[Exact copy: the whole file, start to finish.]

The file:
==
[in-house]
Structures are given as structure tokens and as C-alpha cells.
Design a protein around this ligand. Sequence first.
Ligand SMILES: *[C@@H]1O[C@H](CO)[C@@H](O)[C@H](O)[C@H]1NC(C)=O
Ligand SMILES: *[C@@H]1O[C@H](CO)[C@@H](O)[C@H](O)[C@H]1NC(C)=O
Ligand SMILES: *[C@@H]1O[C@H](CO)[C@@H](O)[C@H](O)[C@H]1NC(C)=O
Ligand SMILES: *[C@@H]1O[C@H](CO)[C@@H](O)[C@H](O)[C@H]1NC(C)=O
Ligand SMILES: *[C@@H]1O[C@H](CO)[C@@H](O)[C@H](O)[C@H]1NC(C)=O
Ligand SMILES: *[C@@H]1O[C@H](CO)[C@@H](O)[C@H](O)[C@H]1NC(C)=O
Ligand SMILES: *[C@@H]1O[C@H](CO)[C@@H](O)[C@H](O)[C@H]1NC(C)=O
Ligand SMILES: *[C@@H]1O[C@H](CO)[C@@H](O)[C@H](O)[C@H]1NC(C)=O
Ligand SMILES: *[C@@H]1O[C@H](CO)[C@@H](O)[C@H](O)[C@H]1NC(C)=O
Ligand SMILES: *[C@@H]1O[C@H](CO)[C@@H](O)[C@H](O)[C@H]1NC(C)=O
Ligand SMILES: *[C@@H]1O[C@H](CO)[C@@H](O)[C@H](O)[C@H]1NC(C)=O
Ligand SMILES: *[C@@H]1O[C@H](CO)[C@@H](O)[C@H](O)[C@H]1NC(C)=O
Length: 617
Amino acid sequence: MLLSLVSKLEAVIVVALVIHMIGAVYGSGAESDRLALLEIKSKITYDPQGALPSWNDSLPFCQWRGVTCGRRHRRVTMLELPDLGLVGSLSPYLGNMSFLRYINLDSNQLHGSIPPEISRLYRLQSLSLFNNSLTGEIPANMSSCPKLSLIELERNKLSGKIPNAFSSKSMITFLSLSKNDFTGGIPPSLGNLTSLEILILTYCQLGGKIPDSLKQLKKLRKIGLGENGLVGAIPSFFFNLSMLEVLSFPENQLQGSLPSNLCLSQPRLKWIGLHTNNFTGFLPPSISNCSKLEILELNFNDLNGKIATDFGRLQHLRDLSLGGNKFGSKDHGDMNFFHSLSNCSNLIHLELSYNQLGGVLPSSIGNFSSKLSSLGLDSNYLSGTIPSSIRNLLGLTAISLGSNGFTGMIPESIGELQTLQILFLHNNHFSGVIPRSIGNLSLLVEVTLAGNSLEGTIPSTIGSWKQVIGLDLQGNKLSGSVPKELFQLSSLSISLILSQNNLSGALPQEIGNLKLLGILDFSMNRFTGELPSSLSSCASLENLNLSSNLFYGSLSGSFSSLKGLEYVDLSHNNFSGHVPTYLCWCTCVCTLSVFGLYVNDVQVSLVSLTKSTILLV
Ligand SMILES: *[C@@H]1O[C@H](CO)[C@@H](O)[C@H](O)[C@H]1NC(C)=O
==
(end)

[in-house]
Structures are given as structure tokens and as C-alpha cells.
Design a protein around this ligand. Sequence first.
Ligand SMILES: *[C@@H]1O[C@H](CO)[C@@H](O)[C@H](O)[C@H]1NC(C)=O
Ligand SMILES: *[C@@H]1O[C@H](CO)[C@@H](O)[C@H](O)[C@H]1NC(C)=O
Ligand SMILES: *[C@@H]1O[C@H](CO)[C@@H](O)[C@H](O)[C@H]1NC(C)=O
Ligand SMILES: *[C@@H]1O[C@H](CO)[C@@H](O)[C@H](O)[C@H]1NC(C)=O
Ligand SMILES: *[C@@H]1O[C@H](CO)[C@@H](O)[C@H](O)[C@H]1NC(C)=O
Ligand SMILES: *[C@@H]1O[C@H](CO)[C@@H](O)[C@H](O)[C@H]1NC(C)=O
Ligand SMILES: *[C@@H]1O[C@H](CO)[C@@H](O)[C@H](O)[C@H]1NC(C)=O
Ligand SMILES: *[C@@H]1O[C@H](CO)[C@@H](O)[C@H](O)[C@H]1NC(C)=O
Ligand SMILES: *[C@@H]1O[C@H](CO)[C@@H](O)[C@H](O)[C@H]1NC(C)=O
Ligand SMILES: *[C@@H]1O[C@H](CO)[C@@H](O)[C@H](O)[C@H]1NC(C)=O
Ligand SMILES: *[C@@H]1O[C@H](CO)[C@@H](O)[C@H](O)[C@H]1NC(C)=O
Ligand SMILES: *[C@@H]1O[C@H](CO)[C@@H](O)[C@H](O)[C@H]1NC(C)=O
Length: 617
Amino acid sequence: MLLSLVSKLEAVIVVALVIHMIGAVYGSGAESDRLALLEIKSKITYDPQGALPSWNDSLPFCQWRGVTCGRRHRRVTMLELPDLGLVGSLSPYLGNMSFLRYINLDSNQLHGSIPPEISRLYRLQSLSLFNNSLTGEIPANMSSCPKLSLIELERNKLSGKIPNAFSSKSMITFLSLSKNDFTGGIPPSLGNLTSLEILILTYCQLGGKIPDSLKQLKKLRKIGLGENGLVGAIPSFFFNLSMLEVLSFPENQLQGSLPSNLCLSQPRLKWIGLHTNNFTGFLPPSISNCSKLEILELNFNDLNGKIATDFGRLQHLRDLSLGGNKFGSKDHGDMNFFHSLSNCSNLIHLELSYNQLGGVLPSSIGNFSSKLSSLGLDSNYLSGTIPSSIRNLLGLTAISLGSNGFTGMIPESIGELQTLQILFLHNNHFSGVIPRSIGNLSLLVEVTLAGNSLEGTIPSTIGSWKQVIGLDLQGNKLSGSVPKELFQLSSLSISLILSQNNLSGALPQEIGNLKLLGILDFSMNRFTGELPSSLSSCASLENLNLSSNLFYGSLSGSFSSLKGLEYVDLSHNNFSGHVPTYLCWCTCVCTLSVFGLYVNDVQVSLVSLTKSTILLV
Ligand SMILES: *[C@@H]1O[C@H](CO)[C@@H](O)[C@H](O)[C@H]1NC(C)=O